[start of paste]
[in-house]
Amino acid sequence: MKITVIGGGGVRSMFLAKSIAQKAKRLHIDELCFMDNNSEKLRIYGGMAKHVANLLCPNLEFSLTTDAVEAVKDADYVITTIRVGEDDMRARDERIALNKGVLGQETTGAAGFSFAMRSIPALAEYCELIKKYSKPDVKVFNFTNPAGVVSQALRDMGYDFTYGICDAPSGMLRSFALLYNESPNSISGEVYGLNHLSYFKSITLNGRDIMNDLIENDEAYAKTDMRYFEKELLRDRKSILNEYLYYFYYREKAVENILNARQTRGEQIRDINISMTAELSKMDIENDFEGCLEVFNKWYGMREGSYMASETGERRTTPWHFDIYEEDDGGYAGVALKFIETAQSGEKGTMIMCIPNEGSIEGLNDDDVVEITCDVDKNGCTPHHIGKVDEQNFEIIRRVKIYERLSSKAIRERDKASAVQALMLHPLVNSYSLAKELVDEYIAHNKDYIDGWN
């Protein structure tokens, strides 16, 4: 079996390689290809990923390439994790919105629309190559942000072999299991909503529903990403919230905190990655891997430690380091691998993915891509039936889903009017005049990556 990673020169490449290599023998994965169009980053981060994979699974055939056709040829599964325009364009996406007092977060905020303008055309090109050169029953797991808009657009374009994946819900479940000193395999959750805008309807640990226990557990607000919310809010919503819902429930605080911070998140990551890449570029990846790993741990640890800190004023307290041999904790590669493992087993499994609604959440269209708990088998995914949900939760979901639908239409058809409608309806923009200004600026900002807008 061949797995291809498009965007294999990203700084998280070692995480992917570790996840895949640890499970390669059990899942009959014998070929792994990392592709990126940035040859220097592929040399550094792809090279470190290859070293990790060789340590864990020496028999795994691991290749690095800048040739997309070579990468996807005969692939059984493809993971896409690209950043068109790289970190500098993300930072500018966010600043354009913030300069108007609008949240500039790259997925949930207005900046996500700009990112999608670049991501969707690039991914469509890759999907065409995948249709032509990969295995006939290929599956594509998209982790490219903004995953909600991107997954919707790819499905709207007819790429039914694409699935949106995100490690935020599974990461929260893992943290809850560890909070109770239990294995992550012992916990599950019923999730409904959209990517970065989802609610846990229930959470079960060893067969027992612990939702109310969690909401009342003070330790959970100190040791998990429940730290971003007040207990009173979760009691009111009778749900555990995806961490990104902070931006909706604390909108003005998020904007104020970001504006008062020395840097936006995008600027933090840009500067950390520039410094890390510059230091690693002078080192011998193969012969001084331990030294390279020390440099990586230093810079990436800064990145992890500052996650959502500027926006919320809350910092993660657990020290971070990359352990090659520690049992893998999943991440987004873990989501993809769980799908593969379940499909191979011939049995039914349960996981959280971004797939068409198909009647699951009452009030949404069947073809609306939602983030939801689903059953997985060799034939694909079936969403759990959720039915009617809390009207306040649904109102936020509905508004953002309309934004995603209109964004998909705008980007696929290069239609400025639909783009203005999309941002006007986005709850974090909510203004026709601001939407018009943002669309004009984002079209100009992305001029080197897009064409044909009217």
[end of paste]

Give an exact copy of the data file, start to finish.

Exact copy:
[in-house]
Amino acid sequence: MKITVIGGGGVRSMFLAKSIAQKAKRLHIDELCFMDNNSEKLRIYGGMAKHVANLLCPNLEFSLTTDAVEAVKDADYVITTIRVGEDDMRARDERIALNKGVLGQETTGAAGFSFAMRSIPALAEYCELIKKYSKPDVKVFNFTNPAGVVSQALRDMGYDFTYGICDAPSGMLRSFALLYNESPNSISGEVYGLNHLSYFKSITLNGRDIMNDLIENDEAYAKTDMRYFEKELLRDRKSILNEYLYYFYYREKAVENILNARQTRGEQIRDINISMTAELSKMDIENDFEGCLEVFNKWYGMREGSYMASETGERRTTPWHFDIYEEDDGGYAGVALKFIETAQSGEKGTMIMCIPNEGSIEGLNDDDVVEITCDVDKNGCTPHHIGKVDEQNFEIIRRVKIYERLSSKAIRERDKASAVQALMLHPLVNSYSLAKELVDEYIAHNKDYIDGWN
């Protein structure tokens, strides 16, 4: 079996390689290809990923390439994790919105629309190559942000072999299991909503529903990403919230905190990655891997430690380091691998993915891509039936889903009017005049990556 990673020169490449290599023998994965169009980053981060994979699974055939056709040829599964325009364009996406007092977060905020303008055309090109050169029953797991808009657009374009994946819900479940000193395999959750805008309807640990226990557990607000919310809010919503819902429930605080911070998140990551890449570029990846790993741990640890800190004023307290041999904790590669493992087993499994609604959440269209708990088998995914949900939760979901639908239409058809409608309806923009200004600026900002807008 061949797995291809498009965007294999990203700084998280070692995480992917570790996840895949640890499970390669059990899942009959014998070929792994990392592709990126940035040859220097592929040399550094792809090279470190290859070293990790060789340590864990020496028999795994691991290749690095800048040739997309070579990468996807005969692939059984493809993971896409690209950043068109790289970190500098993300930072500018966010600043354009913030300069108007609008949240500039790259997925949930207005900046996500700009990112999608670049991501969707690039991914469509890759999907065409995948249709032509990969295995006939290929599956594509998209982790490219903004995953909600991107997954919707790819499905709207007819790429039914694409699935949106995100490690935020599974990461929260893992943290809850560890909070109770239990294995992550012992916990599950019923999730409904959209990517970065989802609610846990229930959470079960060893067969027992612990939702109310969690909401009342003070330790959970100190040791998990429940730290971003007040207990009173979760009691009111009778749900555990995806961490990104902070931006909706604390909108003005998020904007104020970001504006008062020395840097936006995008600027933090840009500067950390520039410094890390510059230091690693002078080192011998193969012969001084331990030294390279020390440099990586230093810079990436800064990145992890500052996650959502500027926006919320809350910092993660657990020290971070990359352990090659520690049992893998999943991440987004873990989501993809769980799908593969379940499909191979011939049995039914349960996981959280971004797939068409198909009647699951009452009030949404069947073809609306939602983030939801689903059953997985060799034939694909079936969403759990959720039915009617809390009207306040649904109102936020509905508004953002309309934004995603209109964004998909705008980007696929290069239609400025639909783009203005999309941002006007986005709850974090909510203004026709601001939407018009943002669309004009984002079209100009992305001029080197897009064409044909009217």